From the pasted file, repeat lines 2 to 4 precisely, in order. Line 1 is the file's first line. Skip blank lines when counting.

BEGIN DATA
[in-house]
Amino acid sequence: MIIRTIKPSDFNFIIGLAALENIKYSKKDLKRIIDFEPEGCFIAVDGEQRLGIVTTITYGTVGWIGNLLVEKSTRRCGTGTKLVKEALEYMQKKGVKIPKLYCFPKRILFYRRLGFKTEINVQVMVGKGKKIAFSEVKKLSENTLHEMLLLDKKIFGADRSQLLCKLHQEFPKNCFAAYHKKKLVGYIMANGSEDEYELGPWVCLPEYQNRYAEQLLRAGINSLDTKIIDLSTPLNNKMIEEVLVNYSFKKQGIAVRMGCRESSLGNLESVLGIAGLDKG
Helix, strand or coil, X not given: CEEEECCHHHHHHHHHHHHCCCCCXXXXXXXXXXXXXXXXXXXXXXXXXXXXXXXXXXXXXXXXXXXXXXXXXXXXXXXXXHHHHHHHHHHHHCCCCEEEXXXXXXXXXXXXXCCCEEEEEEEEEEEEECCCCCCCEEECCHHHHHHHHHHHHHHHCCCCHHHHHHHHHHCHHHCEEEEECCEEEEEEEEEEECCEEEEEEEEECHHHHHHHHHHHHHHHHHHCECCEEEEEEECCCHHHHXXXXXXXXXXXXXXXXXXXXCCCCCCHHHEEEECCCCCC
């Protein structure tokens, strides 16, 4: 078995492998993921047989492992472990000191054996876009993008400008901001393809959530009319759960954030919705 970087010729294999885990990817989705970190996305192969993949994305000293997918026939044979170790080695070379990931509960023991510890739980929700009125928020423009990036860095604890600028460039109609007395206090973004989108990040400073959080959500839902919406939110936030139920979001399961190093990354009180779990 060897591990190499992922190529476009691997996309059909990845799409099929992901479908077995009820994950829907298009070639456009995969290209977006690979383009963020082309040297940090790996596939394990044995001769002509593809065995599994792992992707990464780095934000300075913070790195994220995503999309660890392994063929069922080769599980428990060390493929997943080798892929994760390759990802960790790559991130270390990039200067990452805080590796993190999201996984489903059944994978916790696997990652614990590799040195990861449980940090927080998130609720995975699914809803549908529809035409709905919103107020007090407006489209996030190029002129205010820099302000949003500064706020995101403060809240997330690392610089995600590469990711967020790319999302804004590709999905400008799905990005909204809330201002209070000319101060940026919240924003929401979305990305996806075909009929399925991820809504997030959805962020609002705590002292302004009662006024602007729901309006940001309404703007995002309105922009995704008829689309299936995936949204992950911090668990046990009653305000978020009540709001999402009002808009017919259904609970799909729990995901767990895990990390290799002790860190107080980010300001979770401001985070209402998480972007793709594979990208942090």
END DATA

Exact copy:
Amino acid sequence: MIIRTIKPSDFNFIIGLAALENIKYSKKDLKRIIDFEPEGCFIAVDGEQRLGIVTTITYGTVGWIGNLLVEKSTRRCGTGTKLVKEALEYMQKKGVKIPKLYCFPKRILFYRRLGFKTEINVQVMVGKGKKIAFSEVKKLSENTLHEMLLLDKKIFGADRSQLLCKLHQEFPKNCFAAYHKKKLVGYIMANGSEDEYELGPWVCLPEYQNRYAEQLLRAGINSLDTKIIDLSTPLNNKMIEEVLVNYSFKKQGIAVRMGCRESSLGNLESVLGIAGLDKG
Helix, strand or coil, X not given: CEEEECCHHHHHHHHHHHHCCCCCXXXXXXXXXXXXXXXXXXXXXXXXXXXXXXXXXXXXXXXXXXXXXXXXXXXXXXXXXHHHHHHHHHHHHCCCCEEEXXXXXXXXXXXXXCCCEEEEEEEEEEEEECCCCCCCEEECCHHHHHHHHHHHHHHHCCCCHHHHHHHHHHCHHHCEEEEECCEEEEEEEEEEECCEEEEEEEEECHHHHHHHHHHHHHHHHHHCECCEEEEEEECCCHHHHXXXXXXXXXXXXXXXXXXXXCCCCCCHHHEEEECCCCCC
């Protein structure tokens, strides 16, 4: 078995492998993921047989492992472990000191054996876009993008400008901001393809959530009319759960954030919705 970087010729294999885990990817989705970190996305192969993949994305000293997918026939044979170790080695070379990931509960023991510890739980929700009125928020423009990036860095604890600028460039109609007395206090973004989108990040400073959080959500839902919406939110936030139920979001399961190093990354009180779990 060897591990190499992922190529476009691997996309059909990845799409099929992901479908077995009820994950829907298009070639456009995969290209977006690979383009963020082309040297940090790996596939394990044995001769002509593809065995599994792992992707990464780095934000300075913070790195994220995503999309660890392994063929069922080769599980428990060390493929997943080798892929994760390759990802960790790559991130270390990039200067990452805080590796993190999201996984489903059944994978916790696997990652614990590799040195990861449980940090927080998130609720995975699914809803549908529809035409709905919103107020007090407006489209996030190029002129205010820099302000949003500064706020995101403060809240997330690392610089995600590469990711967020790319999302804004590709999905400008799905990005909204809330201002209070000319101060940026919240924003929401979305990305996806075909009929399925991820809504997030959805962020609002705590002292302004009662006024602007729901309006940001309404703007995002309105922009995704008829689309299936995936949204992950911090668990046990009653305000978020009540709001999402009002808009017919259904609970799909729990995901767990895990990390290799002790860190107080980010300001979770401001985070209402998480972007793709594979990208942090």